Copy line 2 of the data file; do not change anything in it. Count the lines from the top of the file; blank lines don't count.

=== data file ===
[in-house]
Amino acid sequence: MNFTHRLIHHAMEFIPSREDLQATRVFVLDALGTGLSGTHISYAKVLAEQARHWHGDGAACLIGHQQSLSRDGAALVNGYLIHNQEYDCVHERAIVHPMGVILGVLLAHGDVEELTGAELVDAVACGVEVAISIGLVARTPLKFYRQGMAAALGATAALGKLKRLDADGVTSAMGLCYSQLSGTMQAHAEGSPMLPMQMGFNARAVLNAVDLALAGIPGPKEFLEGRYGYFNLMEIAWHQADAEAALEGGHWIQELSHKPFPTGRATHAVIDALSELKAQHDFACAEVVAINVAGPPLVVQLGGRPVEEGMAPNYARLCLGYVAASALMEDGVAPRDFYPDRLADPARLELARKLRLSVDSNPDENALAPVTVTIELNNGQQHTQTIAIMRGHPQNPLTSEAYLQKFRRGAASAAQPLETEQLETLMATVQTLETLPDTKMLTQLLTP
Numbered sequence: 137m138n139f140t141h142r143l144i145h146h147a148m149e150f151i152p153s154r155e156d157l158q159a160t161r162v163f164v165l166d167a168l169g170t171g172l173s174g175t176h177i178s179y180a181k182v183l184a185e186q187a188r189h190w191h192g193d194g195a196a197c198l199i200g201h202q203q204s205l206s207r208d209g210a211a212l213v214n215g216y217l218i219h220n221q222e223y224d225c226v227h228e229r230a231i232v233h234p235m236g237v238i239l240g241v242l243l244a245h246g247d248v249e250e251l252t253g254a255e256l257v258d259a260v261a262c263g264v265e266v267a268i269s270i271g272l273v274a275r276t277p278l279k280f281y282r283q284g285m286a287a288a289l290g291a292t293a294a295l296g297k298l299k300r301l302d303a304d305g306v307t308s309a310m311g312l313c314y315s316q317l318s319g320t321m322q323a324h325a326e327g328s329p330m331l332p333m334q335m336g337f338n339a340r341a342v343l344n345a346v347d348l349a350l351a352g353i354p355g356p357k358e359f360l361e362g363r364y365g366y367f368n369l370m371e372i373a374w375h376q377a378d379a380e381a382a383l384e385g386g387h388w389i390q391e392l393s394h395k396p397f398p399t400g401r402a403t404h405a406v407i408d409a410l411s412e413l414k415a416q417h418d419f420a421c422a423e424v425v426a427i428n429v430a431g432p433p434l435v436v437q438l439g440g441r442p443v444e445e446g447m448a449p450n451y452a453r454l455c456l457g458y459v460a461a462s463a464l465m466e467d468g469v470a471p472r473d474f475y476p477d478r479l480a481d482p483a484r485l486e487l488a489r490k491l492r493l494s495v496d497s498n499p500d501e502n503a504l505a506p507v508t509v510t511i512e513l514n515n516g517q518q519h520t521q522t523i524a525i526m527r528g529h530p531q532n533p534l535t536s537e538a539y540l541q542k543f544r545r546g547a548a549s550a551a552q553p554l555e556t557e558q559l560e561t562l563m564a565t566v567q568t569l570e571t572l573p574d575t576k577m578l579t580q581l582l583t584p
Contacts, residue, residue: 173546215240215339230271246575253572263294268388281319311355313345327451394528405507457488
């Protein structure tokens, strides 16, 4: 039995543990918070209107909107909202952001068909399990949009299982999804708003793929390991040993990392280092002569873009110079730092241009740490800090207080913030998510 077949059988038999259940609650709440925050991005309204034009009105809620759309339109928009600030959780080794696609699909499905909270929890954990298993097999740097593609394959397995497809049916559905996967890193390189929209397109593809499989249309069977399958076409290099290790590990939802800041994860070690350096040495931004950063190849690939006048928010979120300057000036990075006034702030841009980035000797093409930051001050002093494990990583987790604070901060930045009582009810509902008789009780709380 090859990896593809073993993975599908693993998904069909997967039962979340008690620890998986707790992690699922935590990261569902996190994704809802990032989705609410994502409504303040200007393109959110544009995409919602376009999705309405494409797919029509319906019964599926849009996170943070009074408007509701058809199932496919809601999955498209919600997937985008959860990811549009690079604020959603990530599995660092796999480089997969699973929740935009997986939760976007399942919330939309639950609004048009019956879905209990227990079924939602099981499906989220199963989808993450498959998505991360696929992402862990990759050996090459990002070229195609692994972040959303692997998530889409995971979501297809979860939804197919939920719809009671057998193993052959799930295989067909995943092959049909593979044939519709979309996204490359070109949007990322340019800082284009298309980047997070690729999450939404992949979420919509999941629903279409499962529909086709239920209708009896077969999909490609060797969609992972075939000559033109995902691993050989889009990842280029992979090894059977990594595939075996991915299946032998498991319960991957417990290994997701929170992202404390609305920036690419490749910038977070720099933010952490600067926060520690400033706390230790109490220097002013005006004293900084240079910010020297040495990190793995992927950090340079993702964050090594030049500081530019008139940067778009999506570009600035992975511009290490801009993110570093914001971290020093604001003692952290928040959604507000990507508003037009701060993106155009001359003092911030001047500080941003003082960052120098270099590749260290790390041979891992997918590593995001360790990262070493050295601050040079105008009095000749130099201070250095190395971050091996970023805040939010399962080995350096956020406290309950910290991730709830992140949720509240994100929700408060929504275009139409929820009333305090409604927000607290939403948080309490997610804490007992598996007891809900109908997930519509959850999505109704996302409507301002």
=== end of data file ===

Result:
Amino acid sequence: MNFTHRLIHHAMEFIPSREDLQATRVFVLDALGTGLSGTHISYAKVLAEQARHWHGDGAACLIGHQQSLSRDGAALVNGYLIHNQEYDCVHERAIVHPMGVILGVLLAHGDVEELTGAELVDAVACGVEVAISIGLVARTPLKFYRQGMAAALGATAALGKLKRLDADGVTSAMGLCYSQLSGTMQAHAEGSPMLPMQMGFNARAVLNAVDLALAGIPGPKEFLEGRYGYFNLMEIAWHQADAEAALEGGHWIQELSHKPFPTGRATHAVIDALSELKAQHDFACAEVVAINVAGPPLVVQLGGRPVEEGMAPNYARLCLGYVAASALMEDGVAPRDFYPDRLADPARLELARKLRLSVDSNPDENALAPVTVTIELNNGQQHTQTIAIMRGHPQNPLTSEAYLQKFRRGAASAAQPLETEQLETLMATVQTLETLPDTKMLTQLLTP